Some intermediate appellate courts, such as the Pa. Commonwealth Court and the U.S. Court of Appeals for the Third Circuit, circulate decisions that are proposed to be issued as precedential opinions to all active non-panel judges before the decisions are officially issued. This pre-release circulation allows non-panel judges to flag any inconsistencies with the court's earlier precedential rulings and other governing law, and also to call for pre-decision rehearing en banc in the event the proposed decision is objectionable enough. In such a jurisdiction, a non-panel judge has the ability to become intricately involved in a decision, totally hidden from the public's view. But I would not rely on that possibility as a reason to advocate that a judge who is promoted to the jurisdiction's highest court must recuse from considering any cases that resulted in precedential rulings of the intermediate appellate court before his or her promotion.

If readers of this blog have views on these issues, which I plan to address in an forthcoming installment of my monthly "Upon Further Review" column for The Legal Intelligencer of Philadelphia, I welcome hearing your thoughts via email.

It is also noteworthy that neither the Pa. Supreme Court nor the U.S. Supreme Court has any provision to allow temporary appointments from other courts to fill vacancies on a case-by-case basis in the event of recusals. By contrast, the highest courts of many other jurisdictions -- California and West Virginia come to mind most quickly -- maintain a full complement of judges even in cases where some members of the court have recused by replacing the recused judges with judges from lower courts. Is it better to have a system where recused judges of a jurisdiction's highest court can be replaced by judges serving on an intermediate appellate court? Views on this subject are also welcome via email. Thanks!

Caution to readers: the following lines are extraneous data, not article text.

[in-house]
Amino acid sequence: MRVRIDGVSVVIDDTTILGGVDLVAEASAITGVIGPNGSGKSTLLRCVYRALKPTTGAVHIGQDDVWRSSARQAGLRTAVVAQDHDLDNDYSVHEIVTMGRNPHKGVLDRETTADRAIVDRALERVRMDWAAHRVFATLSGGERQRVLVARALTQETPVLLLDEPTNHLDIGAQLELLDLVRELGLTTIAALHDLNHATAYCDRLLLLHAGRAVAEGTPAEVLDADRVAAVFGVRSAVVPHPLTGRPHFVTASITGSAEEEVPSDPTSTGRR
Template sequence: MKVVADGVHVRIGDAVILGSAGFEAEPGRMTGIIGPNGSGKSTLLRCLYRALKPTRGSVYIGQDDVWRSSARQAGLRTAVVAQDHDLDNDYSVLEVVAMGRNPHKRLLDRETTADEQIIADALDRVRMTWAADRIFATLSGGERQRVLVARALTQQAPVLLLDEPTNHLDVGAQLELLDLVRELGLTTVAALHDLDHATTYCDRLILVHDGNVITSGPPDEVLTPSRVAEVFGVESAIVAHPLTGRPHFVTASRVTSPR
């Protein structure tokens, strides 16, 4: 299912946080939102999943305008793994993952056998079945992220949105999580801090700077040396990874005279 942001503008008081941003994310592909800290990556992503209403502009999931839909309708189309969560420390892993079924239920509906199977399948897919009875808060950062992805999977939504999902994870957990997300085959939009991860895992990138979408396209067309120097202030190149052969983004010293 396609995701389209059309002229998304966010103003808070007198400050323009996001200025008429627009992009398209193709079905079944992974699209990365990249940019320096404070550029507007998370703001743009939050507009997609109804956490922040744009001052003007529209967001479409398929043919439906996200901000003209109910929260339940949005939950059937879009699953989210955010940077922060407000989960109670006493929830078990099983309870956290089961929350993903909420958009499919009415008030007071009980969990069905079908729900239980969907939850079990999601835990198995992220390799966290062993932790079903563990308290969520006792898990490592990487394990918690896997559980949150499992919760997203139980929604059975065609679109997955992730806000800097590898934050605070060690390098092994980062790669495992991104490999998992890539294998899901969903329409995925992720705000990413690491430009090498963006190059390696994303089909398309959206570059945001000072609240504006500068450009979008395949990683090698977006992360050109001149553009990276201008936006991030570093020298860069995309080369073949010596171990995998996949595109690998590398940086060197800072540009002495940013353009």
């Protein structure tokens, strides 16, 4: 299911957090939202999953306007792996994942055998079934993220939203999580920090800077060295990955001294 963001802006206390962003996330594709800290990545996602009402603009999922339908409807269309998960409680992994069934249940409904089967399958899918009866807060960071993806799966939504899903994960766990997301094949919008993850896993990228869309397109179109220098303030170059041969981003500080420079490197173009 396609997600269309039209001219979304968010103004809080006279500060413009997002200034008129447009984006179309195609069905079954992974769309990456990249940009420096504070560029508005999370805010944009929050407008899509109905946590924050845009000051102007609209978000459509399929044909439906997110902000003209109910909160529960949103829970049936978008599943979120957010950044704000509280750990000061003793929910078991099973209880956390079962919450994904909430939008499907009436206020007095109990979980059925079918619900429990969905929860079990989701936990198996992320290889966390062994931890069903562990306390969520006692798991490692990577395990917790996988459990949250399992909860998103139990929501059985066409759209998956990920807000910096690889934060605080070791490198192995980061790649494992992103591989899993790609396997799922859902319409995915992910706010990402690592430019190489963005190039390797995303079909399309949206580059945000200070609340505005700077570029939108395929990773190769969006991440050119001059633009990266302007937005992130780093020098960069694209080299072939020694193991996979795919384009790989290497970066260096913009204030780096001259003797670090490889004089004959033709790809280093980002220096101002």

Posted at 04:20 PM by Howard Bashman




Wednesday, February 6, 2008

"Whatever Happened to 'One Person, One Vote'? Why the crazy caucus and primary rules are legal." Law Professor Richard L. Hasen -- author of the "Election Law" blog -- has this jurisprudence essay online at Slate.
Posted at 03:11 PM by Howard Bashman




Wednesday, February 6, 2008

"Judicial-Pay Bill in Jeopardy?" Ed Whelan has this post today at National Review Online's "Bench Memos" blog.

On Monday night, I linked here to Lawrence Hurley's article headlined "Senate's Effort to Ban Junkets Could Stall Judicial Pay Raises" published that day in The Daily Journal of California.
Posted at 01:50 PM by Howard Bashman




Wednesday, February 6, 2008

Unanimous three-judge Seventh Circuit panel rejects constitutional challenges to provisions of the Adam Walsh Child Protection and Safety Act that limit a criminal defendant's access to alleged child pornography in a child pornography prosecution: Chief Judge Frank H. Easterbrook wrote today's ruling. This decision represents the first time that a federal appellate court has addressed the constitutionality of these particular statutory provisions, which were enacted in July of 2006.

To access this blog's earlier posts on this subject, click here and here.
Posted at 01:44 PM by Howard Bashman




Wednesday, February 6, 2008